This ended up being another list. Sorry. Here goes.
- Because my grandfather did. He wrote amusing poems for every occasion. And even though he died when I was only two, I have his works in his handwriting. And my uncle wrote for a Los Angeles newspaper in the 1950s. But I know I always admired good writers and aspired to be like them. Whether the writing gene or the writing role models are responsible, I’m not sure.
- Because, for me, experiences aren’t cemented into my memory until I’ve written them out. I share in case they might help others navigate theirs.
- To let others know they aren’t alone. Years ago, when I wrote those (thoughtful, well-reasoned, lefty) opinion pieces for the local newspaper, my introverted husband couldn’t understand why I did it. Why I’d put myself (and him by association) out there. He said, “You aren’t going to change anyone’s mind!” I argued back, “I know, but I’m letting others know they aren’t the only ones.”
- To leave some little pieces of me behind when I’m gone.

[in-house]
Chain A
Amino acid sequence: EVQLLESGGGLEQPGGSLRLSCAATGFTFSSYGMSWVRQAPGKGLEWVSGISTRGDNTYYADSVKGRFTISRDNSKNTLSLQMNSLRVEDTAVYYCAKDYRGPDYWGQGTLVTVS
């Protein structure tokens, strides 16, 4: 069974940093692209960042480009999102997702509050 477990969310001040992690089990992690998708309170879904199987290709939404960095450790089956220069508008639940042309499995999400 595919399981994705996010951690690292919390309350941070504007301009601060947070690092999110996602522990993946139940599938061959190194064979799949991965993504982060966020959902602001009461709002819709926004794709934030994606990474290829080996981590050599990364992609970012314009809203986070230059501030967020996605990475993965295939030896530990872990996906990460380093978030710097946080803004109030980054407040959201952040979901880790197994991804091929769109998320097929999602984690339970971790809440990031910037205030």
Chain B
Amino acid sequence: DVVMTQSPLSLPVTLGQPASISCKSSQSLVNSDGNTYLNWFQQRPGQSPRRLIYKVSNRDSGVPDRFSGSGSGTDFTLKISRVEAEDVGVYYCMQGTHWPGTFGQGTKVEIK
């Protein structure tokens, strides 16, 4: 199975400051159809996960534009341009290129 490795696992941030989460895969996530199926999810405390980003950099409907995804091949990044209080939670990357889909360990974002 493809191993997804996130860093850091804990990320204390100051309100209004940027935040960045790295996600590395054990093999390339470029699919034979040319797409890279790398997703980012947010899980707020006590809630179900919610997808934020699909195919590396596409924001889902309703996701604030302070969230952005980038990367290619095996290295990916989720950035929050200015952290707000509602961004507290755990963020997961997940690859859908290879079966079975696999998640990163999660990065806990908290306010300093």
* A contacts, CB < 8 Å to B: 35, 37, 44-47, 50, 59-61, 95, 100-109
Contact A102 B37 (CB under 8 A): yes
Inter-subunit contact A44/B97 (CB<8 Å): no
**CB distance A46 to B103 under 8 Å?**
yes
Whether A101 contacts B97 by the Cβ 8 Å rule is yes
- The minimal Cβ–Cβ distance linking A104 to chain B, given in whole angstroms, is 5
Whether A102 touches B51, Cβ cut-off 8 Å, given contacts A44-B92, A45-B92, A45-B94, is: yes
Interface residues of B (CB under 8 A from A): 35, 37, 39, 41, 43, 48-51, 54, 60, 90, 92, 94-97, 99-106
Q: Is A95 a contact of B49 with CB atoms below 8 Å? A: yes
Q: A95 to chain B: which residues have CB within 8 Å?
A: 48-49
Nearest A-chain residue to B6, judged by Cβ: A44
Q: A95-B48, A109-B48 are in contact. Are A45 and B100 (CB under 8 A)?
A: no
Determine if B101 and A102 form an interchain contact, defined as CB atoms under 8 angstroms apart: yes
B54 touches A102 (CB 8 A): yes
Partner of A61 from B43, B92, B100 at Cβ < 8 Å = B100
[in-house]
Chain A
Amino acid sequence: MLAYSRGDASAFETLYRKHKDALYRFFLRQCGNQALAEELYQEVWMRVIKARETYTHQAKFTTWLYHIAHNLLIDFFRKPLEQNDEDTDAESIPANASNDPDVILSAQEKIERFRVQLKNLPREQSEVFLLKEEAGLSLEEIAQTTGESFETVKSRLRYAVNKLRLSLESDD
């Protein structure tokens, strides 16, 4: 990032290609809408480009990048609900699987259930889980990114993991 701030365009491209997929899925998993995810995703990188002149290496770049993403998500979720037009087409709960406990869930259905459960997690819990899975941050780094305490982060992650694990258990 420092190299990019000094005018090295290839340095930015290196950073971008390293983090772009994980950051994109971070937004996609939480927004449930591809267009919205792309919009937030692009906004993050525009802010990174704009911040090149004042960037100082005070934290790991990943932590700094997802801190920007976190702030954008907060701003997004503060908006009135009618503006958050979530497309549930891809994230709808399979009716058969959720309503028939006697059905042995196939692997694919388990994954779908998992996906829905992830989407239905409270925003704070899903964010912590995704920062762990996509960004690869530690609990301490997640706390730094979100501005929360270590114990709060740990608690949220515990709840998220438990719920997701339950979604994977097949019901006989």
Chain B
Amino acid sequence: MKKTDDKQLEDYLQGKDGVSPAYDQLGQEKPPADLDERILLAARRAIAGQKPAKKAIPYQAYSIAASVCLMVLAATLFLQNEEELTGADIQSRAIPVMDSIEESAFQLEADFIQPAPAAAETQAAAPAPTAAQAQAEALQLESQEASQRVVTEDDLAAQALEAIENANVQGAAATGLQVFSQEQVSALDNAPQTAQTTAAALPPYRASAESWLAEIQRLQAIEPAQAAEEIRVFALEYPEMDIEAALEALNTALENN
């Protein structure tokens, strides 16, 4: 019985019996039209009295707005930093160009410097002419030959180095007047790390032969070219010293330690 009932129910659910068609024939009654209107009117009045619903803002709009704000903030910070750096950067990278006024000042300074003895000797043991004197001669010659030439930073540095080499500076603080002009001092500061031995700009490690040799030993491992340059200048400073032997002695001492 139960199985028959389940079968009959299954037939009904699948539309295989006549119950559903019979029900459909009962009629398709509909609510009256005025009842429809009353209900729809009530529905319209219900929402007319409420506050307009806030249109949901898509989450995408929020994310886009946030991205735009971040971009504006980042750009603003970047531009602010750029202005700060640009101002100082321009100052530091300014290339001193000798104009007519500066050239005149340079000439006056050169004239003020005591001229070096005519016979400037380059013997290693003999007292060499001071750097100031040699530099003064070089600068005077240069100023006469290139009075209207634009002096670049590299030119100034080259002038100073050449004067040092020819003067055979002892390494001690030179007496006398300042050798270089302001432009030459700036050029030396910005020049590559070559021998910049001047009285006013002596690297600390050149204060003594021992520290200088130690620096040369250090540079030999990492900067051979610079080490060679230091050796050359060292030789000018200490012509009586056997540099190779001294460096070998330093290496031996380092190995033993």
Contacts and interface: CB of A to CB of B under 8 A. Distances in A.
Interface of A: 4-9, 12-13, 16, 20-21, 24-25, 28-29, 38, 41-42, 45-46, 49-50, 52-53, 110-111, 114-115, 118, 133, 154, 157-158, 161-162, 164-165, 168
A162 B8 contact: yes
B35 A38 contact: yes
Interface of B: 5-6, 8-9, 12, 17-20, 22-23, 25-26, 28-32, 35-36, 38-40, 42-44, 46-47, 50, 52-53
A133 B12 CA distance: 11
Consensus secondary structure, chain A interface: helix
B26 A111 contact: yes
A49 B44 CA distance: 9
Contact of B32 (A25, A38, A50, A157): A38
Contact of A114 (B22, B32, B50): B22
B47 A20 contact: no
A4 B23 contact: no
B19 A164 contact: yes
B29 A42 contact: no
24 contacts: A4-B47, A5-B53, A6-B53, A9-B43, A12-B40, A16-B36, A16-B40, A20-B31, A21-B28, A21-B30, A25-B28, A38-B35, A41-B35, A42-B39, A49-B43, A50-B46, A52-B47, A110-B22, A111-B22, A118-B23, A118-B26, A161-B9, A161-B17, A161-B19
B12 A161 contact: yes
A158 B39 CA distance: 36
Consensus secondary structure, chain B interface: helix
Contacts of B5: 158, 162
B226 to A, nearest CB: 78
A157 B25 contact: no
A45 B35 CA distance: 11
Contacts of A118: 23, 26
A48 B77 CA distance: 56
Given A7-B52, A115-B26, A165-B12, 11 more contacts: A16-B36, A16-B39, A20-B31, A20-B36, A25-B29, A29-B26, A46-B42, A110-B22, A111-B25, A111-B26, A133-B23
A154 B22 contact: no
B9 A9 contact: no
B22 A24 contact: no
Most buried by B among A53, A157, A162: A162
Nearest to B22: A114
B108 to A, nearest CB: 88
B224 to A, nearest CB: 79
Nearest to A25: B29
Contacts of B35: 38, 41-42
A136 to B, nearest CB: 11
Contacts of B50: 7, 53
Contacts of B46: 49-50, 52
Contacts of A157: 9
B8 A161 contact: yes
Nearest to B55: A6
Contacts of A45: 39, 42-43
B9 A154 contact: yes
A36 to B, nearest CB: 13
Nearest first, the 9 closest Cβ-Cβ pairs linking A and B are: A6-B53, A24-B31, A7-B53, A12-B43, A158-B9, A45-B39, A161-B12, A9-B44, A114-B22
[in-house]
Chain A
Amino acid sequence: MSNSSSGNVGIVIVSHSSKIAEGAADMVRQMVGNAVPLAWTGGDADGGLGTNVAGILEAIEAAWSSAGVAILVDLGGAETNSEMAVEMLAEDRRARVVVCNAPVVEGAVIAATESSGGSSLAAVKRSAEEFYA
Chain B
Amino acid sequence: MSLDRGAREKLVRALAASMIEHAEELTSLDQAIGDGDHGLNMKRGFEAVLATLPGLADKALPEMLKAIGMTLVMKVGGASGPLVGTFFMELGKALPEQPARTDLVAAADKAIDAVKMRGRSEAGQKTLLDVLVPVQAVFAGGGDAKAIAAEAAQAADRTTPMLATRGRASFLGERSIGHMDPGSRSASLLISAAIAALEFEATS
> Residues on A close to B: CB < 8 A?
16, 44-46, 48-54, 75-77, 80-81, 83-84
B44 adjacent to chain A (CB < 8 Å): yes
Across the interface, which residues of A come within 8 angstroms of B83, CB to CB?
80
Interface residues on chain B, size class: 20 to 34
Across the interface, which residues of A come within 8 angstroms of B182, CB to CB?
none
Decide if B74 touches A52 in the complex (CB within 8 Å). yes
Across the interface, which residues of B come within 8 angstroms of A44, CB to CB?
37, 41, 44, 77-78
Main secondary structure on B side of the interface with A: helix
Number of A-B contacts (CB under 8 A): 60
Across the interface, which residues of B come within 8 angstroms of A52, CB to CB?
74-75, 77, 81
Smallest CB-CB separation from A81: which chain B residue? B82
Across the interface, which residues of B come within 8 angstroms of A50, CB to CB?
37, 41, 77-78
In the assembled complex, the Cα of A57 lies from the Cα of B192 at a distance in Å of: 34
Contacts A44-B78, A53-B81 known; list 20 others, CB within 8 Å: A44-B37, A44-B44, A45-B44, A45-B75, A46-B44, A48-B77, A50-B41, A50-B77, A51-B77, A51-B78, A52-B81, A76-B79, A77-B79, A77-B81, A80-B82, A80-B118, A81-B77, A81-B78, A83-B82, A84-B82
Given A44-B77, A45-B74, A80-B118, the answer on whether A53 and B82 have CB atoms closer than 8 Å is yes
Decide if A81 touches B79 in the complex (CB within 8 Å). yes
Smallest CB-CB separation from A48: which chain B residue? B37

- By writing, I learn what I really think. That’s the big meta reason. I’m not a fast thinker. I’m not good at thinking on my feet and often respond too sharply, too sarcastically in the moment, and say something stupid or worse, mean. Writing gives me time to clarify, sharpen (or soften) if needed. Quite selfishly, the act of putting my feelings and thoughts into words allows me to make a good impression, and to look smarter. A bit like checking the mirror and putting on lipstick before leaving the house.
So, there you have it, with my apologies if you’ve gotten too much from this Bloganuary Challenge. Six days down and (only) twenty-five to go.
One thought on “Why do you write?”
It’s great you have your grandfather writings and that your uncle wrote articles. It’s in your blood
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